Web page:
Theology and Religious Studies  

Love and Justice
This course explores how Christians' faith shapes their understandings of what to do and how to be. Attention is paid to the sources and methods in Christian ethics, focusing on the Biblical ideas of justice and love as key themes. A variety of ethical issues such as economic justice, marriage and sexuality, the environment, and topics in health care are examined, drawing on a range of historical and contemporary approaches to these ques­tions. This course includes a required service learning component.  

Southern Africa: Ethics, Religion and Global Health
This travel course and service learning course will examine the connections between religion, culture, and health care in South Africa and Swaziland as a case study in the ethics of global health. How have religious communities have been both an obstacle and a resource in the struggle for racial justice and health justice, particularly during and after apartheid, the AIDS epidemic, and current migration challenges. During the two-week travel portion in May, students will have the opportunity to visit faith communities, health care organizations, and important historical sites. They will also carry out service with a Hospice at Home program for AIDS patients in Swaziland.

Explore Emmanuel

Nick Eline '23: Perseverance in a Pandemic

Nick grew up in a family of medical professionals—his mother and grandmother are both nurses and his father is a paramedic. “I’ve always been surrounded with medical jargon and stories of health incidents, crises, and the rewarding benefits of providing care,” he said.

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Nadel Henville '22: Creating Community Takes Center Stage

For Nadel, the stage is her “second home,” and the community she’s found within Emmanuel’s Theater program, a second family. While she originally thought she would pursue college theater as a hobby, she soon realized the work would define her student experience and provide a foundation for life beyond Emmanuel.

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Gianna Kittle '20: Advocating for Justice

Prior to coming to Emmanuel, Gianna had never heard of the field of sociology, but was very familiar and passionate about issues of crime and justice. Her time at Emmanuel helped her to not only put a name—but also, a purpose—to that passion.

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Research Spotlight: Searching for an Evolution Solution

Propelled by a National Science Foundation (NSF) grant, students and faculty in the Mathematics Department are studying the rate of evolution in spatially structured populations using evolutionary graph theory, which may inform the estimation of important events in our evolutionary past, such as when humans split from our closest primate relatives.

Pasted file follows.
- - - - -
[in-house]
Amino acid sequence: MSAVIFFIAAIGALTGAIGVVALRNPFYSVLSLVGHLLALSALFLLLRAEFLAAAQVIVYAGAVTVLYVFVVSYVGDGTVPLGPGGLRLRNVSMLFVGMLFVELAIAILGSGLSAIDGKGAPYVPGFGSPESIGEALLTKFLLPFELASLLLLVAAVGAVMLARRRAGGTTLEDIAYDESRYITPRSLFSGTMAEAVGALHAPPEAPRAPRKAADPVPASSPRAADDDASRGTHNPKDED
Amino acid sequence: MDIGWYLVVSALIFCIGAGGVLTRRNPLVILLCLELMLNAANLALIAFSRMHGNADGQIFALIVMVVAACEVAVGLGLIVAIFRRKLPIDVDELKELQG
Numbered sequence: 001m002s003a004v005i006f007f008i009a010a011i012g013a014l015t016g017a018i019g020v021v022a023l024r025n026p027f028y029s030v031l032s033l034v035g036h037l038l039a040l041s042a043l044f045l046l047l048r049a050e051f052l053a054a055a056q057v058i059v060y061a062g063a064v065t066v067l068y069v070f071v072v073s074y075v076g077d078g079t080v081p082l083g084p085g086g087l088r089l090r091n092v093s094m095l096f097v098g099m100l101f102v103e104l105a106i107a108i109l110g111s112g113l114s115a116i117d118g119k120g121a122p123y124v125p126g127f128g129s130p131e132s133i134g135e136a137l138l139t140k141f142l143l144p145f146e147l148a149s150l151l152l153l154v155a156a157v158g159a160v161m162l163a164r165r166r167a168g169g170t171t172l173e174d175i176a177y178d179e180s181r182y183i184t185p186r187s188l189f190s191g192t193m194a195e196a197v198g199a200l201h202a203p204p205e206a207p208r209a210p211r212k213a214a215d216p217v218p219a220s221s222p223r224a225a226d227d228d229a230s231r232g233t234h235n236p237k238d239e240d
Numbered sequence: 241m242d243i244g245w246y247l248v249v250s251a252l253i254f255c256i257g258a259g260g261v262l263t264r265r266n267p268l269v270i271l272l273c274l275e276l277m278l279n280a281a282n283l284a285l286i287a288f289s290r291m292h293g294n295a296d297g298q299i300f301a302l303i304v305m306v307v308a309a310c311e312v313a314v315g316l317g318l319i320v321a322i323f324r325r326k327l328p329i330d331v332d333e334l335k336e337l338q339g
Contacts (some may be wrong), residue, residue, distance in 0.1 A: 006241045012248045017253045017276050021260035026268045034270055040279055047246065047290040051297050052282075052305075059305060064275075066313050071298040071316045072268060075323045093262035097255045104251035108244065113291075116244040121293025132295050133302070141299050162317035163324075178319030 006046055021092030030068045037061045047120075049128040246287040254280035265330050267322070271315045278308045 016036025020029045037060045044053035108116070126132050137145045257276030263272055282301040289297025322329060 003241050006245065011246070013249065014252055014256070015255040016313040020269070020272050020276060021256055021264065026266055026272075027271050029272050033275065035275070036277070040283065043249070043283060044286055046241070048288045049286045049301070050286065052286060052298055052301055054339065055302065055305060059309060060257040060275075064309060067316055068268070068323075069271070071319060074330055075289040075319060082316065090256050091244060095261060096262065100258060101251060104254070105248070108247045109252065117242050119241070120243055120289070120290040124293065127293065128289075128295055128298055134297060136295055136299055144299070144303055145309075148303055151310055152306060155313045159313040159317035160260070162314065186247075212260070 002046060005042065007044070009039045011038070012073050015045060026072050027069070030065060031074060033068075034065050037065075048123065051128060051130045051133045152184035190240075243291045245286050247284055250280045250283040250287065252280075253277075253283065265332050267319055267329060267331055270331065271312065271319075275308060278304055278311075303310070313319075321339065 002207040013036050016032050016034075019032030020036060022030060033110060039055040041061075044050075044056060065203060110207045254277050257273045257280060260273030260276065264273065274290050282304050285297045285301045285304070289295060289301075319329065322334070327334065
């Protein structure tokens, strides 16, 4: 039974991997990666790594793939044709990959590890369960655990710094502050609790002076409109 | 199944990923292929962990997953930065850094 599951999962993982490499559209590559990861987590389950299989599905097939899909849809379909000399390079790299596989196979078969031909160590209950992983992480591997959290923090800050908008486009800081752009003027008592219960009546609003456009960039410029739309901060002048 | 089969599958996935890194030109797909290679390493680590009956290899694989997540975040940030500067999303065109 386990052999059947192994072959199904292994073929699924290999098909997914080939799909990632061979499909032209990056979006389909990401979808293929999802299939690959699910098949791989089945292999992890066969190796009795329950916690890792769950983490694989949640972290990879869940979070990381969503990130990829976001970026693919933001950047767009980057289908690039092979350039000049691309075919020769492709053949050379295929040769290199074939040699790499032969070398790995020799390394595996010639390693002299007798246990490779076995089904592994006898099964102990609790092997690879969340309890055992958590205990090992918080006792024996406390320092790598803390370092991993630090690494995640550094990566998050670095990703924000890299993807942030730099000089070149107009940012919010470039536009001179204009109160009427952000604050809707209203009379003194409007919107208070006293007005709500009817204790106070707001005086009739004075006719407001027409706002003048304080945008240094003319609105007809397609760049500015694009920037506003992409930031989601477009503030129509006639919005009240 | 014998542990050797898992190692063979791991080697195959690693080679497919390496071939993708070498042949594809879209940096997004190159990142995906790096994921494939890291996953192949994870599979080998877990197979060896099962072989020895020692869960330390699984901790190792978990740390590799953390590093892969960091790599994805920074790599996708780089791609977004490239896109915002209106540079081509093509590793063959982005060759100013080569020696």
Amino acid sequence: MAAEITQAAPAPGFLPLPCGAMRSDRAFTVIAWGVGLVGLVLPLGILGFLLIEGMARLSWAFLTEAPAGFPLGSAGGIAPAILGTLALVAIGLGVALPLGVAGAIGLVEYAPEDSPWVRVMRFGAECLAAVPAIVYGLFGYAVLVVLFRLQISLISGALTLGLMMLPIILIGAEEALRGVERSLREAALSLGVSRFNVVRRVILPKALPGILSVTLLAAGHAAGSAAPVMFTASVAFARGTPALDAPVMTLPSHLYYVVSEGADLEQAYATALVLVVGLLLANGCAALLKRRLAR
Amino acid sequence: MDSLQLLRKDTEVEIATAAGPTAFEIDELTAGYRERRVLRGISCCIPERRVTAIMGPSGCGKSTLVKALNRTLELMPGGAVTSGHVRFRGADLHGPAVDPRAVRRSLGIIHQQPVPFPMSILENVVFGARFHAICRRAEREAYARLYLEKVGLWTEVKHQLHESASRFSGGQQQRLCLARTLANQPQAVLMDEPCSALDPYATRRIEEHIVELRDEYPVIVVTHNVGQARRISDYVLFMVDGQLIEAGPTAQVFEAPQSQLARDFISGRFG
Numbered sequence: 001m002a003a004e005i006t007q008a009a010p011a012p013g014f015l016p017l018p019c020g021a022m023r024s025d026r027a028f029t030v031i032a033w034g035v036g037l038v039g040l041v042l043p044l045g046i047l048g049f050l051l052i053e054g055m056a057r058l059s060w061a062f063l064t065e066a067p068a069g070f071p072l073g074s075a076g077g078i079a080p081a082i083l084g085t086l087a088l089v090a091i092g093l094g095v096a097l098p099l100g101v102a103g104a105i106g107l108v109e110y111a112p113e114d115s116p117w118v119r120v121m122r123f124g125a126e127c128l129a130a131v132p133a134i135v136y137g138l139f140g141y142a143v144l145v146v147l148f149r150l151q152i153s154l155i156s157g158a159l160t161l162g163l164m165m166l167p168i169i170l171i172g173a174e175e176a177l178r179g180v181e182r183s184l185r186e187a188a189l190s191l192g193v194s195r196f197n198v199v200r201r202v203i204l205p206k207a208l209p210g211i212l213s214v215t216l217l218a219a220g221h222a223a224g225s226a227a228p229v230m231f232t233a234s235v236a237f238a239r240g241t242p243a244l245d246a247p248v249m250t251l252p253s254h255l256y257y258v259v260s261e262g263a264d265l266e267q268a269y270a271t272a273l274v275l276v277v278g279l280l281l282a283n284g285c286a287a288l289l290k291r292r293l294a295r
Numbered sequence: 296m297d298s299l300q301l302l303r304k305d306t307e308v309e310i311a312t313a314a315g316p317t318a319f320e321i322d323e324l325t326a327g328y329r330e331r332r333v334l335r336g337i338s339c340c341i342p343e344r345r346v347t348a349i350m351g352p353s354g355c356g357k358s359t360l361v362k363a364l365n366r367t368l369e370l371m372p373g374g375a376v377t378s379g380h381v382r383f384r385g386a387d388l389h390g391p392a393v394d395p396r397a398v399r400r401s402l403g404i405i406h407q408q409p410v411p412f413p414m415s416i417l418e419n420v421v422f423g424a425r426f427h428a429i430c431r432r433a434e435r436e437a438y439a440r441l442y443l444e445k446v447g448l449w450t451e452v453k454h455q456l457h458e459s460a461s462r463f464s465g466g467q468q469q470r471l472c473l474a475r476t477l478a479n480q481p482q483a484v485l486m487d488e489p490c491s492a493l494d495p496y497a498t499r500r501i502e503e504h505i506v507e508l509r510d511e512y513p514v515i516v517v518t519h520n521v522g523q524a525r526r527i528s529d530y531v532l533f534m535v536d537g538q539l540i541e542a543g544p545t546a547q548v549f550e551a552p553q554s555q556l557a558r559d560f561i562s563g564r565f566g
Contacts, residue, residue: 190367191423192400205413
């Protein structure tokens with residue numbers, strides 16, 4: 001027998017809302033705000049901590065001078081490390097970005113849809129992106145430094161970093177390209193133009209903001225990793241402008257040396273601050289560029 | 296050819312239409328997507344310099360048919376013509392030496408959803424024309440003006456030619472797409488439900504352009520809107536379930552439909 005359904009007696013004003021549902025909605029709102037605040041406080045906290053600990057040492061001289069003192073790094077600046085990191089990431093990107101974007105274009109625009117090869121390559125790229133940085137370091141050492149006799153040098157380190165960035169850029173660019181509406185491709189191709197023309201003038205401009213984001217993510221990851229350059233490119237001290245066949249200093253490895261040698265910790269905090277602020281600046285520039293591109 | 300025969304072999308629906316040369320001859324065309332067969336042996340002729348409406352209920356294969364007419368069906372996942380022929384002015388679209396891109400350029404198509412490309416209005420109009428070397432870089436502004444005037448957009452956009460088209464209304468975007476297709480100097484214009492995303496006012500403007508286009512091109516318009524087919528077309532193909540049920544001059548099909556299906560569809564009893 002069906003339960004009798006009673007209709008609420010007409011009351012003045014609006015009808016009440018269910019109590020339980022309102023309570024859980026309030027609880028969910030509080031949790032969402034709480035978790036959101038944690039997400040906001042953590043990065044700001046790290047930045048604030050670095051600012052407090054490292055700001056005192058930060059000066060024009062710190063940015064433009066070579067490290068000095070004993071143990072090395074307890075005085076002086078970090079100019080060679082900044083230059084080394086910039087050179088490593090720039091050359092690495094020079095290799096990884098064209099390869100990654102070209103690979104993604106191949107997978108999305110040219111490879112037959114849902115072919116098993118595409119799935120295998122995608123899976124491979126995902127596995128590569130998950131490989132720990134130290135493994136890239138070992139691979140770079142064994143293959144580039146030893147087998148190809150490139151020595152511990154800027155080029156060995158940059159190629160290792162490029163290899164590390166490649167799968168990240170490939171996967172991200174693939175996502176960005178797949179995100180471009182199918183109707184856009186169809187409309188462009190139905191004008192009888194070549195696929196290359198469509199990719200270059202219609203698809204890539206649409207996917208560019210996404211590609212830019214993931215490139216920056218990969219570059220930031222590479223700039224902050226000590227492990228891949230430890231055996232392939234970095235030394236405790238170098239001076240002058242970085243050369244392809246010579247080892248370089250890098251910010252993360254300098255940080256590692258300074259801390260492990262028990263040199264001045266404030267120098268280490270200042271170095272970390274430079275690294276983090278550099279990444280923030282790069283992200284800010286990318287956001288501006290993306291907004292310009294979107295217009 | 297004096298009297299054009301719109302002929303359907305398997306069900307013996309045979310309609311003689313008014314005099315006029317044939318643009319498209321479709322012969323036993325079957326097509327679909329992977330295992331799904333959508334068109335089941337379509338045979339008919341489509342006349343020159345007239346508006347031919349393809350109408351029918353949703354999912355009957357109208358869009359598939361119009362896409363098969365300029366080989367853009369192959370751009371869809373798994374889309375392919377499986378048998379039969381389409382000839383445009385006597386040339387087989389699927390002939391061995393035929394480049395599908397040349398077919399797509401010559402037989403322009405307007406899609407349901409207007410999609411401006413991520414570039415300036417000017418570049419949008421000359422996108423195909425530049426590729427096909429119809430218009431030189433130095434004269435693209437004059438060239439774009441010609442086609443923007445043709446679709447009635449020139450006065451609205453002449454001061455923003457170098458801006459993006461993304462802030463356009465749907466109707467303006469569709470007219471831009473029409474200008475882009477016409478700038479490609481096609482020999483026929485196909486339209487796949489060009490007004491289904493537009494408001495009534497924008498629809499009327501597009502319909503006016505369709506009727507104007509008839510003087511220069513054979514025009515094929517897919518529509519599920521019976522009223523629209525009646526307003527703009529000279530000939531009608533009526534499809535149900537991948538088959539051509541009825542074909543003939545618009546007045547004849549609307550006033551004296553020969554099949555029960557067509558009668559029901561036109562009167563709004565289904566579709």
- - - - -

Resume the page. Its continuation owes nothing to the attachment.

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Research Spotlight: Powerful Partnerships

In collaboration with Emmanuel graduate, Kierstin Giunco ’17, Associated Professor of Education Christine Leighton and current student Kayla Balthazar '20 are working with local elementary students to deepen reading engagement and comprehension.

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Research Spotlight: Economics Education on a Global Scale

As her research in economics education has focused on innovation in the classroom and finding ways to help students apply economic theories to real-world situations, students are vital in every aspect to Associate Professor of Economics Rebecca Moryl’s work.

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Eileen Milien '22: A Career-Affirming CURE

When choosing a college, Eileen knew two things for sure—that she would be able to get to know her professors and peers and that she wanted to be in an area in which she would have myriad opportunities in the research and medicine.

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Jake Hill '20: Seeing Citizenship with a Capitol C

Growing up in a suburban town outside of Boston, going to college in the city had always been a goal for Jake. After touring Emmanuel's campus he felt it had the perfect mixture of “small campus feel and big city appeal.”

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Melissa Duffy '20: Artist and Appreciator

When Melissa started at Emmanuel, she chose what she believed to be two separate and distinct majors—studio art and history—to fulfill her both her personal and professional interests.

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Kai Uehara '20: Social Justice Scholar

Kai has always had the inclination to try to make any situation better. When he was searching for colleges, Emmanuel's social justice mission resounded deeply with his ideals of supporting those who need the help.

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Robert Columbus '20: The Idea Man

Robert’s interest in the workings of the wider world grew in 2011 as the Arab Spring became international news. “I love history,” he said, “so knowing the history of the states as well as their current affairs made their actions and interactions much more interesting to me.”